The Law Society and Bar Council have urged Liberal Democrats to hold their party to account over the government’s reforms of legal aid and civil litigation costs. But Lib Dem peer and justice minister Lord McNally (pictured), who will pilot the legislation through the Lords, has signalled that compromise is not on his agenda.

At fringe events held at the party’s autumn conference, the representative bodies warned of the threats posed by the £350m legal aid cuts, particularly to children and domestic violence victims, who will lose representation.

The Law Society’s deputy vice-president Nick Fluck told a meeting on access to justice that it was wrong to deny people representation. And he described changes to civil litigation funding which will see up to 25% of damages going towards the cost of bringing claims as ‘unjust and unfair to victims’.

Fluck added: ‘The government, your coalition partner, has leapt on the changes and is now championing them, it seems mainly at the behest of the Association of British Insurers, who seem to be virtually jumping with delight at the prospect of this being brought in.

‘These changes to the current, elegant system of "no win no fee" will, in our view, have a devastating effect on access to justice because lawyers simply will not be able to take the additional risk of their costs not being paid.

‘I urge you to hold the coalition government to account. Let’s not go back in time. Let’s fight to keep legal aid.’

The bill has so far passed through the House of Commons without significant amendments, with opponents hoping for concessions in the Lords.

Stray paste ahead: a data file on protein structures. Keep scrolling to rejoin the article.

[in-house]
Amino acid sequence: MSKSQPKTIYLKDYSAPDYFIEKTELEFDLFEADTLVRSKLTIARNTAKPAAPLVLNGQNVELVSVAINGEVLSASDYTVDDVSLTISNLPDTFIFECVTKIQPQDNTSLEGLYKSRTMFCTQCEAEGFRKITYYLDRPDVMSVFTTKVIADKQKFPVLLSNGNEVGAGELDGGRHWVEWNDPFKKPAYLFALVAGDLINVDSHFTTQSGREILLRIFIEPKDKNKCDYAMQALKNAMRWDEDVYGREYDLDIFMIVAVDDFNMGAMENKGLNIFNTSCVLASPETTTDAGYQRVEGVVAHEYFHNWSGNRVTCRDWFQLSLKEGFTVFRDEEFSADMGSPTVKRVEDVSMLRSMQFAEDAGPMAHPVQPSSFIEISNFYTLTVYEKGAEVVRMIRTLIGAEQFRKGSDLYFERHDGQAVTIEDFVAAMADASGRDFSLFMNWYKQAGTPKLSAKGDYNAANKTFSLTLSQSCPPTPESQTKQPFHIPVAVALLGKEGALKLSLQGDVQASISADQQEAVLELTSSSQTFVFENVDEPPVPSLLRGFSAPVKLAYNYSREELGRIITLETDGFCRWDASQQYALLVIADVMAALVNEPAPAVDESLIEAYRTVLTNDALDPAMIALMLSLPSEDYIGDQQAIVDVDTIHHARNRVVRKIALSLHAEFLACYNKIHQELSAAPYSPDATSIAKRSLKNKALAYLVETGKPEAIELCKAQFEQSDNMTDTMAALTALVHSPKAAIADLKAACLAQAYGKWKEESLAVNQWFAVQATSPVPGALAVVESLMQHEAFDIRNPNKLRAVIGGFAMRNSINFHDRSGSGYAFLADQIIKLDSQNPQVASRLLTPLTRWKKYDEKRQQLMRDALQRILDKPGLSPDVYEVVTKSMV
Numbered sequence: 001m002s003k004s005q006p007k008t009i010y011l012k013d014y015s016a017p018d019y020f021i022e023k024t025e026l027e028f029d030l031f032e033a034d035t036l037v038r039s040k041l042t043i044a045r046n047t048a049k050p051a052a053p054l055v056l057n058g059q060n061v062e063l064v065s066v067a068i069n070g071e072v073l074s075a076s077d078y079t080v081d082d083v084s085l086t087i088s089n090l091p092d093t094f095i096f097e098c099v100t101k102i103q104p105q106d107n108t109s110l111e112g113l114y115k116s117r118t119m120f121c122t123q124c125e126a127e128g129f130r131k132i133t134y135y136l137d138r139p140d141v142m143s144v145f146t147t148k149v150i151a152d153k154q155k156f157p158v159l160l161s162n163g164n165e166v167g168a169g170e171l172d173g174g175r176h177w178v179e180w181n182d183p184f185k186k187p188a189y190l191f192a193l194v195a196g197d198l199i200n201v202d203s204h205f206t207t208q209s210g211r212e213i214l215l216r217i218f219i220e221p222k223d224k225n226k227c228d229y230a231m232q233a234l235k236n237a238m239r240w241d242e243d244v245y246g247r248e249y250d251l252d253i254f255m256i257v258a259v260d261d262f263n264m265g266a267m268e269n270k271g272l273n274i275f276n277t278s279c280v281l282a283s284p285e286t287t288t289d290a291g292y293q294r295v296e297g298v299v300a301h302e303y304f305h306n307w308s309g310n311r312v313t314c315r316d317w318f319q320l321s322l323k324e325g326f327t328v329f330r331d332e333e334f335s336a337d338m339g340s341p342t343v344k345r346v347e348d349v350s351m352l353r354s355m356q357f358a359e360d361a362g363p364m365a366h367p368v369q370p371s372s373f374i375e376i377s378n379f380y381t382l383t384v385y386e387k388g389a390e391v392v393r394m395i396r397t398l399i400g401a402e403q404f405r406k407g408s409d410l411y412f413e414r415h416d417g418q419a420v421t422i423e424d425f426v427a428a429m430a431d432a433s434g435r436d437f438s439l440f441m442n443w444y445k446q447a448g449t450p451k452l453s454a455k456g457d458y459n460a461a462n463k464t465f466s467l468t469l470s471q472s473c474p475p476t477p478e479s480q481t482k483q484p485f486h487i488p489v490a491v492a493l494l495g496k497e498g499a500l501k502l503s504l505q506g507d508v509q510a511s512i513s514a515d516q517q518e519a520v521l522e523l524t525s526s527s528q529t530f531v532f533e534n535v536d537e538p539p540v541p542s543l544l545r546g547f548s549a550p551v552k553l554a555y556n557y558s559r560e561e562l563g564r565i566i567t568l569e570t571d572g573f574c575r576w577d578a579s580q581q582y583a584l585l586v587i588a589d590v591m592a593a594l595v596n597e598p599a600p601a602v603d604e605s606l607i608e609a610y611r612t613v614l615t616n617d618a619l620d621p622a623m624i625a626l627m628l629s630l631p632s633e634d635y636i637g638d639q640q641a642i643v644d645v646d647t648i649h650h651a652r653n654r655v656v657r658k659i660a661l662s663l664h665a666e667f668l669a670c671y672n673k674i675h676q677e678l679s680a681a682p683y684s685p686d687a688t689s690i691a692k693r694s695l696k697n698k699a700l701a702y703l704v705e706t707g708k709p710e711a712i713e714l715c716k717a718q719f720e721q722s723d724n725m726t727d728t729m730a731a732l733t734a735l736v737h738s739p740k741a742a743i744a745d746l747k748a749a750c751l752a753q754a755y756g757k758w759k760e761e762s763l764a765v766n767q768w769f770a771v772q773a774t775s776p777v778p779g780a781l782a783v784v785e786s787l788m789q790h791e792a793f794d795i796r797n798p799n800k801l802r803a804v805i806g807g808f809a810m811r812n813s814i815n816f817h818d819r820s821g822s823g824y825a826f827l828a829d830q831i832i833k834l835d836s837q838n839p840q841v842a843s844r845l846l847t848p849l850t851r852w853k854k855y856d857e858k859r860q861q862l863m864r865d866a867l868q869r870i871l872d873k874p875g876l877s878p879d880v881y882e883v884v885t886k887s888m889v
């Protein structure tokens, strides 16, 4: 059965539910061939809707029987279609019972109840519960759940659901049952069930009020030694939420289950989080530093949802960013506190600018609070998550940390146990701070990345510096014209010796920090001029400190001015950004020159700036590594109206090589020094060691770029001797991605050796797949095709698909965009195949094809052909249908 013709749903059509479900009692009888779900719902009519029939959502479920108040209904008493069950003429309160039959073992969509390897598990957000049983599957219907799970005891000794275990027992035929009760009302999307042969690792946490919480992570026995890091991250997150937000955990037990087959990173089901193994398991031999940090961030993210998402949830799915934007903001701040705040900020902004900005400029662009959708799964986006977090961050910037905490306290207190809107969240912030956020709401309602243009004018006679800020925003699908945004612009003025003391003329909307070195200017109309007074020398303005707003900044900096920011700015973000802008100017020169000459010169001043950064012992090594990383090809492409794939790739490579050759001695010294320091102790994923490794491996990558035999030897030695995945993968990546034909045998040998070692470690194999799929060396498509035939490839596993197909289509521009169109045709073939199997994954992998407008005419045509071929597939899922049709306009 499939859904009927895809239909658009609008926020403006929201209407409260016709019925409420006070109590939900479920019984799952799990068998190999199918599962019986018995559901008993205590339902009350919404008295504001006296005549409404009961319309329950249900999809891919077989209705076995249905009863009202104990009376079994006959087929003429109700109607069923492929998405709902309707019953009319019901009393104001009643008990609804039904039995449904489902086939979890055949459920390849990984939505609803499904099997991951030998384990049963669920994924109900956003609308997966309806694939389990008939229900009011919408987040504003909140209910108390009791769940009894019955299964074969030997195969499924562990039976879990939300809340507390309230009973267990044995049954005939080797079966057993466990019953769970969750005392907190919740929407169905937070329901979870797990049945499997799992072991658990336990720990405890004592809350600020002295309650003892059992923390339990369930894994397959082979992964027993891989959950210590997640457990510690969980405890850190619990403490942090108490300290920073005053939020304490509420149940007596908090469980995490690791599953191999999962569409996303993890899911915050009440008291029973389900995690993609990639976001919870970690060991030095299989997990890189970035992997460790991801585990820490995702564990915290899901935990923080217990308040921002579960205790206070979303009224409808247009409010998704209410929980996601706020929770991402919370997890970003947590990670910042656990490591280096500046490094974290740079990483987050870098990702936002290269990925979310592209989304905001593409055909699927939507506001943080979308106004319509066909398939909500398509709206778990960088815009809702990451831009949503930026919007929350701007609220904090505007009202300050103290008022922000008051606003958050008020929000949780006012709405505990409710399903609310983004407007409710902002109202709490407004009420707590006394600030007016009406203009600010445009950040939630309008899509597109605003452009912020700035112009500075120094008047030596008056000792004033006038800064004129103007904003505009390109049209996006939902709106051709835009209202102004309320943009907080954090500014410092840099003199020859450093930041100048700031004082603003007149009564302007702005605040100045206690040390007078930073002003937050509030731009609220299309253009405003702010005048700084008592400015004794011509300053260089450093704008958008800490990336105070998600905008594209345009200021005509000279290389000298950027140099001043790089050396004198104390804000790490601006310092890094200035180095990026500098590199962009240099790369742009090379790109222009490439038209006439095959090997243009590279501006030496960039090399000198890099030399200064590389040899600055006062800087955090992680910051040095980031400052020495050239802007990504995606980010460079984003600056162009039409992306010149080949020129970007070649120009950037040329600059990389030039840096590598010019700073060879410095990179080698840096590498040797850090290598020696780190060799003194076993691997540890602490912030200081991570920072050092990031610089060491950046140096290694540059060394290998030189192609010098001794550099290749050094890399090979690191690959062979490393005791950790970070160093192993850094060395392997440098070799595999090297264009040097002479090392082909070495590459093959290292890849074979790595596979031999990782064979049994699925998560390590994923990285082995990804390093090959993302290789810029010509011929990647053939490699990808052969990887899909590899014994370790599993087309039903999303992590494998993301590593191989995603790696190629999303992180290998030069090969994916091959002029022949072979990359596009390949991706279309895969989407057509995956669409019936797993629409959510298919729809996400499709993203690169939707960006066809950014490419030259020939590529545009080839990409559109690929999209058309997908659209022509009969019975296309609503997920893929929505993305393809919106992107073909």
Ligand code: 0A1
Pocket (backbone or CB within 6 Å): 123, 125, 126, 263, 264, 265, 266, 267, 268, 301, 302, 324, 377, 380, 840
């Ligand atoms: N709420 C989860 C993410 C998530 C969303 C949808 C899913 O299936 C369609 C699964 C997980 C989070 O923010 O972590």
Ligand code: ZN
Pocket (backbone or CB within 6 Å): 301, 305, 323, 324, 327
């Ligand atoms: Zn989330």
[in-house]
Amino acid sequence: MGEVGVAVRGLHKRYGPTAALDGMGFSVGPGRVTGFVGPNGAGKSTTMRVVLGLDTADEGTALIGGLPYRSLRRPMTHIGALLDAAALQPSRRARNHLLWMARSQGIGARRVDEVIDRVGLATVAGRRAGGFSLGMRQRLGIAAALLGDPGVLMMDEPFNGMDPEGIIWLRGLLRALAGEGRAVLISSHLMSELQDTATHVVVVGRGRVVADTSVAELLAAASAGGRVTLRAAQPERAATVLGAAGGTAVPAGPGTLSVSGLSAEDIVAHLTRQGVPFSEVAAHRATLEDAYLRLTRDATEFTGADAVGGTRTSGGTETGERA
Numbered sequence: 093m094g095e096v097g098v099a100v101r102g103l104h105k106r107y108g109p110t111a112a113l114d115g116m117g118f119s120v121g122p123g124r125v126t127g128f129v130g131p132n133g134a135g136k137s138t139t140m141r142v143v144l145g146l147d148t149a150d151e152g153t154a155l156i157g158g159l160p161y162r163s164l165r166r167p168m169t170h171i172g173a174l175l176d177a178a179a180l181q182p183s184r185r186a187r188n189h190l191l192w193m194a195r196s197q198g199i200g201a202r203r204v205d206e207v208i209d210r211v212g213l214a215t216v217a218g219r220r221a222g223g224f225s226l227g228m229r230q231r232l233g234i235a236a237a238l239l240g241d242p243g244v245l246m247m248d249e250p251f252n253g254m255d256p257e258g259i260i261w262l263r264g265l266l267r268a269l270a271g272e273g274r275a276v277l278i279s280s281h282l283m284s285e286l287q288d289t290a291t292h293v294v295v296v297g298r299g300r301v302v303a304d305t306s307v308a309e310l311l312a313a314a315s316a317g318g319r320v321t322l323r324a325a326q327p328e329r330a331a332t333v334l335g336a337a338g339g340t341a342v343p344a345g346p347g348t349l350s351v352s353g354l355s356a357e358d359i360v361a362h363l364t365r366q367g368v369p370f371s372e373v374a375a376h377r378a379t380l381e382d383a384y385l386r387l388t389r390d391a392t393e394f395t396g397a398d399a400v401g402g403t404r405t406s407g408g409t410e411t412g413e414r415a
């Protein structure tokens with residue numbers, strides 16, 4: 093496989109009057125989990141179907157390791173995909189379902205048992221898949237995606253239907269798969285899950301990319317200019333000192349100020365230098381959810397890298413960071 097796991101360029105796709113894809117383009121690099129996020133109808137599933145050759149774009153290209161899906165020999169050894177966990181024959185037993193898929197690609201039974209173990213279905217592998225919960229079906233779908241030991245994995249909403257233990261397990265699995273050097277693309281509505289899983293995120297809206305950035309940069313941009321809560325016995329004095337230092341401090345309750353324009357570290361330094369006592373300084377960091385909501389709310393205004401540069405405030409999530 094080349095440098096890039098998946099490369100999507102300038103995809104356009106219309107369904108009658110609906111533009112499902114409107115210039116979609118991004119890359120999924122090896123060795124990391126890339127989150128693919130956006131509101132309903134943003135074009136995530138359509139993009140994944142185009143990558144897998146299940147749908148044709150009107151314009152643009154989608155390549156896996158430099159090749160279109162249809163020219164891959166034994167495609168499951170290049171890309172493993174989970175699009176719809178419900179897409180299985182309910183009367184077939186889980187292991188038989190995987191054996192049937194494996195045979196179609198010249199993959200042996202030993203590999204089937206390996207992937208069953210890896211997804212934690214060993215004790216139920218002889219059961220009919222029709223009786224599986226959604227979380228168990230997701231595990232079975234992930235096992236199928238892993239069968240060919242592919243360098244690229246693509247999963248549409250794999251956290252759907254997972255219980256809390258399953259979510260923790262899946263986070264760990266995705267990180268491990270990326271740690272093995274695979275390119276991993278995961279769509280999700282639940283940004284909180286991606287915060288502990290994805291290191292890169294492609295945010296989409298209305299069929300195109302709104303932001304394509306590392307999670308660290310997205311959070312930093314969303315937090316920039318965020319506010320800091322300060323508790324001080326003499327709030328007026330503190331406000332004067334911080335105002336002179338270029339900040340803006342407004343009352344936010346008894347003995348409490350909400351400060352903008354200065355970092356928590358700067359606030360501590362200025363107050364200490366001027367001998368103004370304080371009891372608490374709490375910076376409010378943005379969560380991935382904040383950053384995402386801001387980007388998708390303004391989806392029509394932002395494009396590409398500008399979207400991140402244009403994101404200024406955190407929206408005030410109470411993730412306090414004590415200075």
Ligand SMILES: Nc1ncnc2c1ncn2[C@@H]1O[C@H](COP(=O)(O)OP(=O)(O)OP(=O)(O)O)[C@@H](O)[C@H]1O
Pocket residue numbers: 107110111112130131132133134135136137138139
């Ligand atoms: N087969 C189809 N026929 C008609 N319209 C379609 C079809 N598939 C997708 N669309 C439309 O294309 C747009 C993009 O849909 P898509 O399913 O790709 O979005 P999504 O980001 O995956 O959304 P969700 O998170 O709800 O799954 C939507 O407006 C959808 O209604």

However, Lord McNally told the same meeting that his job is to get the bill through the Lords unchanged.

He admitted that in the context of £700bn of government spending each year, £350m was a ‘tiny’ sum, but that the cut had been forced on the government by the economic situation.

At the party’s spring conference, members voted against the government’s legal aid cuts and, at this conference, have voted for its retention in appealing welfare benefits decisions. But McNally warned that the party could not expect motions passed at conference to become government policy.

At a fringe meeting last weekend Tom Brake MP, a Lib Dem representative on the bill’s scrutiny committee, hinted at compromises on the reforms, including the police station means test, and legal aid for clinical negligence and domestic violence cases.

But he dismissed many of the Law Society’s proposed alternative savings as merely ‘shifting costs from one government department to another’.

The Law Society responded with a letter to Brake, asserting that its ‘polluter pays’ suggestions were about placing responsibility for costs on the body that caused them, and that they would only shift costs if the responsible body failed to improve its performance.

The bill is expected to go before the Lords in November, after its third reading in the Commons.

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